As a portrait of life on the outer margins of existence, without a drop of mercy and absent any hope other than managing to live another day, Boesman and Lena can be difficult to watch. As is often the case with Fugard, the exposition is sufficiently leisurely to make one impatient, even if it ultimately pays off. But time and again, the play -- especially in Yaël Farber's majestic production -- delivers blazing insights into these characters: If Lena still fights back against the terrible conditions they must endure, Boesman has let the poison of apartheid seep into his soul. Without a focus for his rage, he turns on her and, ultimately, himself.

Farber -- who, on the basis of this production and the recent Mies Julie at Classic Stage Company, is clearly a force to contend with -- has gotten superb work from her two leads, both of whom are unrecognizable from their previous appearances. Indeed, having seen Zainab Jah as the put-upon, yet calculating, bushwoman of Venus and the manipulative glamour-puss of School Girls; or the African Mean Girls Play, I am now beginning to think of her as some kind of shape-shifter. Walking in a halting manner that bespeaks exhaustion, her posture stooped at a forty-five-degree angle, she speaks in a kind of rattle that often rises to astounding power. She finds a surprising individuality in a character who could become a poster woman for the downtrodden, as well as an indomitable life force that drives her to make the best of her hardscrabble circumstances. She bears her losses as a testament to her survival -- yet, the sight of her cozying up to Outa, seeking warmth, is heartbreaking.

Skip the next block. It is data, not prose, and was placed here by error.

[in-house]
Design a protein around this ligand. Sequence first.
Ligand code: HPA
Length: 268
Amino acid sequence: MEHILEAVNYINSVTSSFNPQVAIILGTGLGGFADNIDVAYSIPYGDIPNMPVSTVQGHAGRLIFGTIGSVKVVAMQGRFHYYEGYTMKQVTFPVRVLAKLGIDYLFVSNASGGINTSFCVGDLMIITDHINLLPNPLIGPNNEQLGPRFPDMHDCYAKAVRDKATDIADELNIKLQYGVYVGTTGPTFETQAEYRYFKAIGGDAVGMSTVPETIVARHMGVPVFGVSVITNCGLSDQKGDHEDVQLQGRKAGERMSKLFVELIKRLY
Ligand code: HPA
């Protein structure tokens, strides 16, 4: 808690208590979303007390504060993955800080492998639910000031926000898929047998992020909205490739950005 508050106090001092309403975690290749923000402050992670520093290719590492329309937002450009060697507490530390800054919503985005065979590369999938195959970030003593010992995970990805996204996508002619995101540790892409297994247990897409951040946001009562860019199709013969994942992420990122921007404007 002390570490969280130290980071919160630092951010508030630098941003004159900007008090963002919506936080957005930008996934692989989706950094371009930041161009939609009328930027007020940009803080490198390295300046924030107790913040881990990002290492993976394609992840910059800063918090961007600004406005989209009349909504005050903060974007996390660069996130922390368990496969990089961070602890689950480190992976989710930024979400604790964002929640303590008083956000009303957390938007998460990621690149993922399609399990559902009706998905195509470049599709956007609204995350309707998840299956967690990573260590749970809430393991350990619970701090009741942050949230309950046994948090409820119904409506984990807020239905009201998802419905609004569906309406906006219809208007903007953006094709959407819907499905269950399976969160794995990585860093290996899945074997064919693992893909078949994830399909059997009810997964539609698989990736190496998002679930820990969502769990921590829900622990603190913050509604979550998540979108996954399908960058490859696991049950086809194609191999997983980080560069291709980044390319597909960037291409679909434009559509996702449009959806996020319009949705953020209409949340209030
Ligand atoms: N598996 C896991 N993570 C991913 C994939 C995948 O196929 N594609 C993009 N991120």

Sahr Ngaujah, who was introduced to us as the rebellious, sexually magnetic title character in Fela! -- and who has done stellar work in Lynn Nottage's Mlima's Tale and two other Fugard works, "Master Harold"...and the Boys and The Painted Rocks at Revolver Creek -- has stripped away every bit of his considerable charm to create a figure who acts as a kind of human conductor of fury, attacking Lena because he knows nothing of love or tenderness, having never experienced it himself. Ngaujah also makes clear that under this carapace of anger are deep reserves of fear; when something terrible happens to Outa, Boesman's terror of being caught and unjustly blamed is palpable. Thomas Silcott makes Outa into a figure of innate dignity and mystery, but Boesman and Lena is, functionally, a two-hander, and Farber has cast the roles brilliantly.

Hilferty -- herself an authoritative director of Fugard' works -- also designed the ragged costumes, which are unimpeachable in their authenticity. Matt Hubbs' sound design is also solid.

Boesman and Lena was written in 1969 and one hopes that, for its many troubles, conditions in South Africa are no longer this horrible. Then again, one need only take a few steps outside of the Signature to see people living on New York's streets in conditions that uncannily mirror those of the play. (In Greenwich Village, where I live, more than one street tent has been pitched in an attempt to get through the winter alive.) If the play is a devastating comment on apartheid, its allied perception, about the way extreme poverty corrodes the soul, couldn't be more of the moment. In writing about the specific details of his country and time, he has created something that is, however dismayingly, universal. -- David Barbour


(12 March 2019)